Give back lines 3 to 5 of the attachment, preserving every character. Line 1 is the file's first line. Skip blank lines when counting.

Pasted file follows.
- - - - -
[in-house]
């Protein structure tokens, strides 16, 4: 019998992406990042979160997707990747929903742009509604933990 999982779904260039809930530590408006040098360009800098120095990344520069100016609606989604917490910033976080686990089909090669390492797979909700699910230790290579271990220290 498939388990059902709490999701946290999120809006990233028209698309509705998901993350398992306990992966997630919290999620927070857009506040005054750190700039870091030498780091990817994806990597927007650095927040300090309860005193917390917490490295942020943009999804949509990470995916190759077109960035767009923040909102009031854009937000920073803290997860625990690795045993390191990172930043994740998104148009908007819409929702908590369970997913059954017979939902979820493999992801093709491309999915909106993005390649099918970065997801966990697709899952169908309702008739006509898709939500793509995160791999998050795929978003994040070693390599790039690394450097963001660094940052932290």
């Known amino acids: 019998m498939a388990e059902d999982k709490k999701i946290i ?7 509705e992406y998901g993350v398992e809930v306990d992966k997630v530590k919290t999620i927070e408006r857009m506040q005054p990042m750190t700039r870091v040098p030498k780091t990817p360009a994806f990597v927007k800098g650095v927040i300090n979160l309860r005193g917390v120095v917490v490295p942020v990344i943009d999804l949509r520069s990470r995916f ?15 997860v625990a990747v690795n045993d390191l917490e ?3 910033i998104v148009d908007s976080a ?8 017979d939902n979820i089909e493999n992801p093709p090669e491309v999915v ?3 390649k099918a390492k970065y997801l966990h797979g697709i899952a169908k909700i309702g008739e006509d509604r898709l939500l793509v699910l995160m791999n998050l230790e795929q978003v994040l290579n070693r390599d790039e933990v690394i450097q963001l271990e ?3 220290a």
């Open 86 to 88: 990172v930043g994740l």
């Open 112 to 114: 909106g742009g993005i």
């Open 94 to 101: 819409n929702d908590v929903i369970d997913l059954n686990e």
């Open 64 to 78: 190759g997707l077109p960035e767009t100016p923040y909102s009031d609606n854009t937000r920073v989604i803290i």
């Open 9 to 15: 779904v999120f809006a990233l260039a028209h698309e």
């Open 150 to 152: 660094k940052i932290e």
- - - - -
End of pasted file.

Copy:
């Known amino acids: 019998m498939a388990e059902d999982k709490k999701i946290i ?7 509705e992406y998901g993350v398992e809930v306990d992966k997630v530590k919290t999620i927070e408006r857009m506040q005054p990042m750190t700039r870091v040098p030498k780091t990817p360009a994806f990597v927007k800098g650095v927040i300090n979160l309860r005193g917390v120095v917490v490295p942020v990344i943009d999804l949509r520069s990470r995916f ?15 997860v625990a990747v690795n045993d390191l917490e ?3 910033i998104v148009d908007s976080a ?8 017979d939902n979820i089909e493999n992801p093709p090669e491309v999915v ?3 390649k099918a390492k970065y997801l966990h797979g697709i899952a169908k909700i309702g008739e006509d509604r898709l939500l793509v699910l995160m791999n998050l230790e795929q978003v994040l290579n070693r390599d790039e933990v690394i450097q963001l271990e ?3 220290a």
């Open 86 to 88: 990172v930043g994740l």
């Open 112 to 114: 909106g742009g993005i």